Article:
asked the Minister of Agriculture, Fisheries and Food if he will estimate the effect of the European Economic Community milk quota scheme on the numbers of (a) bankruptcies among dairy farmers, (b) redundancies among farm workers and (c) redundancies in the dairy processing and distributive industries.
The effects of the quota system on producers, farm workers and the processing and distributive industries will depend to a large extent on how producers and dairies decide to adjust to the new arrangements.
Moreover, since production beyond the level of individual quotas is not prohibited it is not possible to say what will happen to production levels until the individual decisions taken start to work through the system.
In view of the Minister's inadequate answers about the milk quota scheme, does he agree that the Government have not thought through properly the effect on all sections of the industry of this milk quota scheme, not only regarding bankruptcies and farmers going out of production, but the fact that gross unemployment will result in the distributive and processing industries, including those arising from the closing down of creameries? Is he aware that it has already been announced that some creameries will close as a result of the scheme? What will he do about it? Will he compensate the distributive side of the industry as well as the farmers?
The effects of the quota system for milk must be dealt with by each group to which the hon. Gentleman referred. We have no plans at present to provide compensation.
Will my right hon. Friend introduce a provisional quota as a matter of extreme urgency to deal with those unfortunate farmers in my constituency who have been happily producing milk for years but who, because of a bureaucratic technicality, have been given no quota by the Milk Marketing Board? They have no hope of surviving until all the rules about special cases are finalised and published.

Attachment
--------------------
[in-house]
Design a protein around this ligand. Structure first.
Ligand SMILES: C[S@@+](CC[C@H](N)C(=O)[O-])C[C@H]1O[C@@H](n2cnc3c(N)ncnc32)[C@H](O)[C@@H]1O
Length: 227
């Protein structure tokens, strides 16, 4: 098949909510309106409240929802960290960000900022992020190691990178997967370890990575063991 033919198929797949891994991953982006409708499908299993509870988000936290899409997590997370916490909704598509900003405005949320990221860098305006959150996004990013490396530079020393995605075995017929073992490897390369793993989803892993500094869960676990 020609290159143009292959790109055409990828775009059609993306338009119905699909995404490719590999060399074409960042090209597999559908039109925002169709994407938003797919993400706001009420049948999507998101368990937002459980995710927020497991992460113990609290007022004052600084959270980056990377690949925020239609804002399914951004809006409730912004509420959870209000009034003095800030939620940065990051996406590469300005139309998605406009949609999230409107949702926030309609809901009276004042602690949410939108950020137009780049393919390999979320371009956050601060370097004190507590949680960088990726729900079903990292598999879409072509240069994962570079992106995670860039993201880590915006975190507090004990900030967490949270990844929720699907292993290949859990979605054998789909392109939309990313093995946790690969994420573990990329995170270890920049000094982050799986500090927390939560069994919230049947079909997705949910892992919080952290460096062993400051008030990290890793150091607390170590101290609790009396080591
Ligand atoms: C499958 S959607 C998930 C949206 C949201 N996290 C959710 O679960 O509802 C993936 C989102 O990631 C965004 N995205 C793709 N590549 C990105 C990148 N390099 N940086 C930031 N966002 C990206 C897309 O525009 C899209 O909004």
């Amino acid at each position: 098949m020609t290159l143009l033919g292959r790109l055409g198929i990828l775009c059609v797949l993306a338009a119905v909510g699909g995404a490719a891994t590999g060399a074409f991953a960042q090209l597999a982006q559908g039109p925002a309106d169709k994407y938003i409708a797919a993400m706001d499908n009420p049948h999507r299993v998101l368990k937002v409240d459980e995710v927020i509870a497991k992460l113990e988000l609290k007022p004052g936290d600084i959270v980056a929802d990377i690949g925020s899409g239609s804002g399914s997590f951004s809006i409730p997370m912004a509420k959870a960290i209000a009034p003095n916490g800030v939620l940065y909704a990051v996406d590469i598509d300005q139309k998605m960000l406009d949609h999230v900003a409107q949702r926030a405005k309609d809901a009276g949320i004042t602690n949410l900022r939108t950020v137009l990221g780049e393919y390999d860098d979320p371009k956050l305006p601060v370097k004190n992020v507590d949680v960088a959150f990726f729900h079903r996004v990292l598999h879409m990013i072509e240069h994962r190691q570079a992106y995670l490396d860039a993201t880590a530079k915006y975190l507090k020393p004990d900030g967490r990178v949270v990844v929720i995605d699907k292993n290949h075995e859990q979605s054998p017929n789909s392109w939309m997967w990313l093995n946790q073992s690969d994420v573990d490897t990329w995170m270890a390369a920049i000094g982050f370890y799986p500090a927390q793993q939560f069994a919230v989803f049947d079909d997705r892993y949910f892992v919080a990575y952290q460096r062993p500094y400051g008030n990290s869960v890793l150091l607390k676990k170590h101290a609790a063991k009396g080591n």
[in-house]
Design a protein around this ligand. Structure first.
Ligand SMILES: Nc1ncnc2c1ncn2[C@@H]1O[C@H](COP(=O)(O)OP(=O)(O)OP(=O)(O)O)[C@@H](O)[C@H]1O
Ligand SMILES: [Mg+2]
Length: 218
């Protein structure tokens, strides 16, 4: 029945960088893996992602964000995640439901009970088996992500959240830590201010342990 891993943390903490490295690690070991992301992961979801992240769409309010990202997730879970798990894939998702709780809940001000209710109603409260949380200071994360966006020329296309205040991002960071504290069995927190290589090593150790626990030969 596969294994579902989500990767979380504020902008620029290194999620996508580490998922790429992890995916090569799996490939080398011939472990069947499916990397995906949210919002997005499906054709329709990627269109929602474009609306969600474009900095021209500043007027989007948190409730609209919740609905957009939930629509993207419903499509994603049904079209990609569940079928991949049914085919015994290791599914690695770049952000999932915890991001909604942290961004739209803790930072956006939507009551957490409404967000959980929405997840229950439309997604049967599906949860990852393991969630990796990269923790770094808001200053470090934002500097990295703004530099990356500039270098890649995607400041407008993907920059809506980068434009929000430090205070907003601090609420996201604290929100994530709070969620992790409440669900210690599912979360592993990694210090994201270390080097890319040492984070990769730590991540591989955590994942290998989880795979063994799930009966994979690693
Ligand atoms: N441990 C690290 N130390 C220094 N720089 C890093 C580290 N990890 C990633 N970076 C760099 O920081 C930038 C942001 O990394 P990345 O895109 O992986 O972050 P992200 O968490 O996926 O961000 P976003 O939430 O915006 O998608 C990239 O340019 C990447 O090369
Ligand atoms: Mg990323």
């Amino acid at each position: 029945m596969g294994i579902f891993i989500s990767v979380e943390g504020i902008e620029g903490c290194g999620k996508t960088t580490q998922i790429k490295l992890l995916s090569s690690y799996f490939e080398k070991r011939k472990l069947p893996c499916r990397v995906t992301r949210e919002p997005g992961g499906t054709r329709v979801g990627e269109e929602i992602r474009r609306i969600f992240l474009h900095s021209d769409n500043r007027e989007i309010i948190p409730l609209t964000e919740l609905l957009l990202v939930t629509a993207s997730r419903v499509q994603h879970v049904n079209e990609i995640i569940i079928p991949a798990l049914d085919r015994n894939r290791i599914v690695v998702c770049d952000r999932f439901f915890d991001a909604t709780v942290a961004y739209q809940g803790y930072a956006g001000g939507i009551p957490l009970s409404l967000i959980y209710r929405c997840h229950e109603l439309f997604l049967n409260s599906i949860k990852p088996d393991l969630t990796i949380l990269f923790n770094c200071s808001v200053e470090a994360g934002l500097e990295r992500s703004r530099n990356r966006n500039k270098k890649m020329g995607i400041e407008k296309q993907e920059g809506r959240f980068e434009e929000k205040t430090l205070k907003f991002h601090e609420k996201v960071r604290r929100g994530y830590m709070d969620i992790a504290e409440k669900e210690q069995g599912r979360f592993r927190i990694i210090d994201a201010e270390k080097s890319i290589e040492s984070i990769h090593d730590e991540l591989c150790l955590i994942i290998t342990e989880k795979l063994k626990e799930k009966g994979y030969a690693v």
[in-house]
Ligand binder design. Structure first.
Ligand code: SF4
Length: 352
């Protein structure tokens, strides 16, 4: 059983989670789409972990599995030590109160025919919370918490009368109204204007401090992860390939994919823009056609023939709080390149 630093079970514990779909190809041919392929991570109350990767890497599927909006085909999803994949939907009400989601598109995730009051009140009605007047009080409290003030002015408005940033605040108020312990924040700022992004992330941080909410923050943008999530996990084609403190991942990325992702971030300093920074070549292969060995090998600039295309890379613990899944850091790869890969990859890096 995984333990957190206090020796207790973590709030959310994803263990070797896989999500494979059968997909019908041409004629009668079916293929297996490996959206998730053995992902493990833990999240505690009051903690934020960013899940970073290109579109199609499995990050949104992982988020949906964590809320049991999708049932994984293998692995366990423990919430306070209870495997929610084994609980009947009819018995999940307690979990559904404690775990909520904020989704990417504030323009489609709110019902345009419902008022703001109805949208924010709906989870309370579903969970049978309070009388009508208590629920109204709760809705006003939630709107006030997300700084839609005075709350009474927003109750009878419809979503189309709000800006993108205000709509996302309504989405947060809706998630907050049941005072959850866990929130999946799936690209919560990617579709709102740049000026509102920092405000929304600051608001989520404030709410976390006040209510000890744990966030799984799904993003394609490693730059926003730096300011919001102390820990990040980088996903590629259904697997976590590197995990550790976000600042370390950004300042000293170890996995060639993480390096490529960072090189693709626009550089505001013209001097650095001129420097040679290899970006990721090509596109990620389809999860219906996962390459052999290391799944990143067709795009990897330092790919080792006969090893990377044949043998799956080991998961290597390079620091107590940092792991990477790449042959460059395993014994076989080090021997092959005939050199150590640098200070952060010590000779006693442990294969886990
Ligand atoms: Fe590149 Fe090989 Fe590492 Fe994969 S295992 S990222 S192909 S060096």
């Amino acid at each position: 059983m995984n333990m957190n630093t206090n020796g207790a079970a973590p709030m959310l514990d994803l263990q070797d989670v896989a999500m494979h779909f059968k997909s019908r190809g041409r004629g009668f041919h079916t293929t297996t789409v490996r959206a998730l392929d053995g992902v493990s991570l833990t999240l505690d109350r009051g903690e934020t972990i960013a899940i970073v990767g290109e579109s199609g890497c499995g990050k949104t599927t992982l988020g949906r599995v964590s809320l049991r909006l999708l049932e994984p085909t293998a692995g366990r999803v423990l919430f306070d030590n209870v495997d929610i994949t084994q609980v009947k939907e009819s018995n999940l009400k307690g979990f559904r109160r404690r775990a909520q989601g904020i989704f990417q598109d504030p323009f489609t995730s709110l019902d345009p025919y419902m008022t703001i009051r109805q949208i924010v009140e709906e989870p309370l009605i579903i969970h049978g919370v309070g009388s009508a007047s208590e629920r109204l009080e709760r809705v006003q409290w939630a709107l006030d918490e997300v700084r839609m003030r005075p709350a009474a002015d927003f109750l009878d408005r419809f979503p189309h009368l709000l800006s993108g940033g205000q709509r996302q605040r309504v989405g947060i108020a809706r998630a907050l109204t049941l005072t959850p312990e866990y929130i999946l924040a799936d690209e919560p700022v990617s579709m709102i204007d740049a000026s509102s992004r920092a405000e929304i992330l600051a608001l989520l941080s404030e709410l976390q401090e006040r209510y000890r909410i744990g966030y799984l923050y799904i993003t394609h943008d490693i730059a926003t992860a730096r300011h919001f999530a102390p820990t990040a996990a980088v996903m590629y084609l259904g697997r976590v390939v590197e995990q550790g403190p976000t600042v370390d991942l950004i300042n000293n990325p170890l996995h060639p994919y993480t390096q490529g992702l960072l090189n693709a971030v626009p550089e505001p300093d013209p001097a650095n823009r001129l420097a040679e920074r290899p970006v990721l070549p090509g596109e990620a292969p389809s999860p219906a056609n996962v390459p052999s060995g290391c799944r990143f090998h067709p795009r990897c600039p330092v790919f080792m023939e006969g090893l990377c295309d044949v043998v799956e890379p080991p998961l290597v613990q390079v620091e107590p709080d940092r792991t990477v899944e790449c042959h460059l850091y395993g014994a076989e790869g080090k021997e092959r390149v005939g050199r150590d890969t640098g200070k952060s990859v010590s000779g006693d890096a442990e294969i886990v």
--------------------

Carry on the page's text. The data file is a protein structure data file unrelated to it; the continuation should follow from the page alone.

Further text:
We are moving forward very quickly and I hope that within the next few days we can give much more detail about this scheme. However, if my hon. Friend has any special cases in mind, he should have a word with me about them.
Is my right hon. Friend aware that the Smallfarmers Association appreciates the way in which he listened to its representations and the way he acted? Will he bear in mind that from now on, when listening to representations about milk quotas, the National Farmers Union may not necessarily be speaking for the majority of dairy farmers, and that the Farmers Union of Wales and the Smallfarmers Associaion may have views very different from those of the NFU?
I was glad to meet a delegation led by my hon. Friend and to hear those farmers' point of view, as I am glad to hear the views of any organisations which represent groups of farmers who wish to visit my Department.
If the hon. Gentleman examines the statistics he will share with me much pleasure in the fact that during the past five years the cost of food has increased more slowly than have prices in general —[Interruption]—It is no use the hon. Gentleman scoffing. It is one reason why the Labour party lost the last election.
Will my right hon. Friend bear in mind that 1983 was an especially bad year for dairy farming in Derbyshire, and will he consider the case for giving Derbyshire special treatment? Will he accept the gratitude of farmers in my constituency for the fact that he has agreed to meet a delegation to discuss this matter?
Can the Minister give one of my farmers a simple answer to a question? He has farmed milk for 20 years, but, unfortunately for him, he sold his farm 12 months ago and moved to a new farm. He has 70 cows and no quota. What is his position? How many cows will the Minister allow him to keep?
Although I am grateful to my right hon. Friend for the help that he announced for smaller dairy farmers, does he accept that many small to medium-sized dairy farmers fall between every conceivable stool in sight? This applies especially those who cannot diversify because their land is fragmented.
I am especially worried about those farmers who do not have alternative enterprises. That is why I thought it right, as I said to the House yesterday evening, that we should give the first priority to farmers with fewer than 40 cows. To return them to 1983 production levels will take rather less than 1·5 per cent. of the quantity of milk produced, and after that we can examine our second priorities. I suspect that the farmers described by my hon. Friend would come within that consideration.
During the period when the Labur party was in power the cost of food more than doubled. Bearing in mind that, during the past five years, the increase in the cost of food has been less than half the increase during the period of the Labour Government and that food prices have been increasing more slowly than prices in general, I believe that the hon. Gentleman has a real cheek.